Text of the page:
Government to examine 18C changes

In a press conference with Attorney-General George Brandis today Prime Minister Malcolm Turnbull said the Coalition's Party Room had agreed to attempt to amend the oft-cited section 18C of the Racial Discrimination Act and a number of other pieces if legislation.

The government has unveiled plans to change section 18c of the Act, which makes it illegal to offend, insult, humiliate or intimidate someone on the basis of their race or ethnicity.

The words "offend", "insult" and "humiliate" will be replaced with "harass", while "intimidate" will remain in the Act. "We are defending Australians from racial vilification by replacing language which has been discredited and has lost credibility".

Changes are also being proposed to the complaints handling process of the Human Rights Commission.

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The AHRC said it received 77 complaints under section 18C of the Act previous year, and 52 per cent of racial vilification complaints were resolved at conciliation.

He then said the change which had been announced was a weakening of the Act, which he said had served the country well since its introduction in 1975.

Deputy Labor leader Tanya Plibersek said ordinary Australians who had seen their wages cut or not growing, cuts to family tax benefits, would be wondering how the government was so out of touch.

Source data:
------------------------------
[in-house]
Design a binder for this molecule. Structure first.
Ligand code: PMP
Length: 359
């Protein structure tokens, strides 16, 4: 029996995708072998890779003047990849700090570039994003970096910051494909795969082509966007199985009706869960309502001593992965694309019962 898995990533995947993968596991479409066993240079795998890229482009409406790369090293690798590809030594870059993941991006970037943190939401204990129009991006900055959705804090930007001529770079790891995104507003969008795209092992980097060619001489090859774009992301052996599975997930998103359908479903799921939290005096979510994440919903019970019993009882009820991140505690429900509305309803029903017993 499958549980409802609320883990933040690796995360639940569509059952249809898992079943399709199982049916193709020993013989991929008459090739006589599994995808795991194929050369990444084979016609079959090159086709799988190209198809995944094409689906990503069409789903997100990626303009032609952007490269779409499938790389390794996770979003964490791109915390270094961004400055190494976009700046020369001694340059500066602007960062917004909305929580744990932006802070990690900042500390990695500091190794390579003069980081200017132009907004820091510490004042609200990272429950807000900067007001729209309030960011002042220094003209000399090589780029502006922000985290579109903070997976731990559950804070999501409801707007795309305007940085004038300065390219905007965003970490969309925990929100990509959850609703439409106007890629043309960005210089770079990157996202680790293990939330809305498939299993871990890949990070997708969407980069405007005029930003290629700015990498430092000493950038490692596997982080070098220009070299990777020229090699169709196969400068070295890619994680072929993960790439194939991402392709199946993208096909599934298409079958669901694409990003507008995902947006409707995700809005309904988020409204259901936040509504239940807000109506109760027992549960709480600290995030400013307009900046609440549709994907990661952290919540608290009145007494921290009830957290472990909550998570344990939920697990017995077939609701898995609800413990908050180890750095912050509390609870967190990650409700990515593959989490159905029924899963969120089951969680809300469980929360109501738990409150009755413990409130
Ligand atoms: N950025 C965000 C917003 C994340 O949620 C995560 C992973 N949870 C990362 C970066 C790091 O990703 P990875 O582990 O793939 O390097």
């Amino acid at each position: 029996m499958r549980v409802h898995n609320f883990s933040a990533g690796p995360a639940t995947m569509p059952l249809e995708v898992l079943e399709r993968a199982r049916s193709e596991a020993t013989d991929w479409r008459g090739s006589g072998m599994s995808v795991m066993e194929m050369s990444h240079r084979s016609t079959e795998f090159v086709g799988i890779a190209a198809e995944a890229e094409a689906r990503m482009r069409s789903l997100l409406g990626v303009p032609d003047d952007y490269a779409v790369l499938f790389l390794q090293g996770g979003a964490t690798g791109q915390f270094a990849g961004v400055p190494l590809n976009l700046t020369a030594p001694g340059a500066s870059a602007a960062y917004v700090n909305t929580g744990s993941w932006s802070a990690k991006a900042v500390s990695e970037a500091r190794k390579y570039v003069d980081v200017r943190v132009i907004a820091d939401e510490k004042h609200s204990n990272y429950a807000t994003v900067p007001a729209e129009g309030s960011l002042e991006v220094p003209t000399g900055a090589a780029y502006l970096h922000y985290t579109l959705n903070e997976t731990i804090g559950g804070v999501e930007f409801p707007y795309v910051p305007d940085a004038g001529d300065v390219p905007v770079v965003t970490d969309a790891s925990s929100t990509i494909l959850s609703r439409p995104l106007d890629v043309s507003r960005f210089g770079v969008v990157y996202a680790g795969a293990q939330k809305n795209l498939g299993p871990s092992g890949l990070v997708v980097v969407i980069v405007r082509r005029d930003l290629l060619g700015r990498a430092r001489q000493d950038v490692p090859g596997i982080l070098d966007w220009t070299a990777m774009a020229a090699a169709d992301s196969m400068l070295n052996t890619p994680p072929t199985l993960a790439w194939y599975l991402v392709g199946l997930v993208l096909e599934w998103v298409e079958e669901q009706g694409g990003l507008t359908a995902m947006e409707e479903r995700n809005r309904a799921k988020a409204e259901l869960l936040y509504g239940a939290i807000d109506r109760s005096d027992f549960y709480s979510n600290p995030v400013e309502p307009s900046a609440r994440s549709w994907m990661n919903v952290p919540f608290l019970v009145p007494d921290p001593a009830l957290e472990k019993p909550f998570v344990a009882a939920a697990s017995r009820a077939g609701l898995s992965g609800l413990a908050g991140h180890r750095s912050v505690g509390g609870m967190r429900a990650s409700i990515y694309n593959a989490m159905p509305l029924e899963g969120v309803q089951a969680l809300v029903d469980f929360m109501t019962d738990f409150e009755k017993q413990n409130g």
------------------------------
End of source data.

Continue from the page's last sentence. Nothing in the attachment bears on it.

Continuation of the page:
"We've got a law that is working well to protect people from racial hate speech - why don't we just leave it alone and actually focus on what makes a difference to people's lives?" she told reporters in Canberra.

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"It's a shameful thing to be doing on, of all days, Harmony Day, when schools around Australia, school children are having explained to them why we set our face against racial discrimination and why we set our face against racist hate speech in our community".

The changes need the approval of the House of Representatives and the Senate to become law but are already facing significant opposition in the Upper House.

Crossbench senator Nick Xenophon also indicated he wouldn't back the changes.

The Racial Discrimination Act came to national attention in 2011 when broadcaster Andrew Bolt was found to have breached it when he wrote columns criticising prominent Indigenous Australians.

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